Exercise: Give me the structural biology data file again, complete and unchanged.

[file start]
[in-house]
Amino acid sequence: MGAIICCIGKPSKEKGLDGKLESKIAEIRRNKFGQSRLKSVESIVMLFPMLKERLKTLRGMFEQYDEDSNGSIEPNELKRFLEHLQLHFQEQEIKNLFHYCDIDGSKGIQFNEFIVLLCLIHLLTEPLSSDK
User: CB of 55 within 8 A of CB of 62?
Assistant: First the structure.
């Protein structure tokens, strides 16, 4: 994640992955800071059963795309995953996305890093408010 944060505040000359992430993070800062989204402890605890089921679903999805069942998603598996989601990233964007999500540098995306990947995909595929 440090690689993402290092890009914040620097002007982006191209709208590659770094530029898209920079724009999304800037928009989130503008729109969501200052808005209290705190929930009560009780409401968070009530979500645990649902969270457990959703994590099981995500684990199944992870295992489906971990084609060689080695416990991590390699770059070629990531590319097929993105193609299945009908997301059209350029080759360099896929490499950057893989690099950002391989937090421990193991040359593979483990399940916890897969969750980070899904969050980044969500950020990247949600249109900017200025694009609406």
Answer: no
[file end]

[in-house]
Amino acid sequence: MGAIICCIGKPSKEKGLDGKLESKIAEIRRNKFGQSRLKSVESIVMLFPMLKERLKTLRGMFEQYDEDSNGSIEPNELKRFLEHLQLHFQEQEIKNLFHYCDIDGSKGIQFNEFIVLLCLIHLLTEPLSSDK
User: CB of 55 within 8 A of CB of 62?
Assistant: First the structure.
């Protein structure tokens, strides 16, 4: 994640992955800071059963795309995953996305890093408010 944060505040000359992430993070800062989204402890605890089921679903999805069942998603598996989601990233964007999500540098995306990947995909595929 440090690689993402290092890009914040620097002007982006191209709208590659770094530029898209920079724009999304800037928009989130503008729109969501200052808005209290705190929930009560009780409401968070009530979500645990649902969270457990959703994590099981995500684990199944992870295992489906971990084609060689080695416990991590390699770059070629990531590319097929993105193609299945009908997301059209350029080759360099896929490499950057893989690099950002391989937090421990193991040359593979483990399940916890897969969750980070899904969050980044969500950020990247949600249109900017200025694009609406």
Answer: no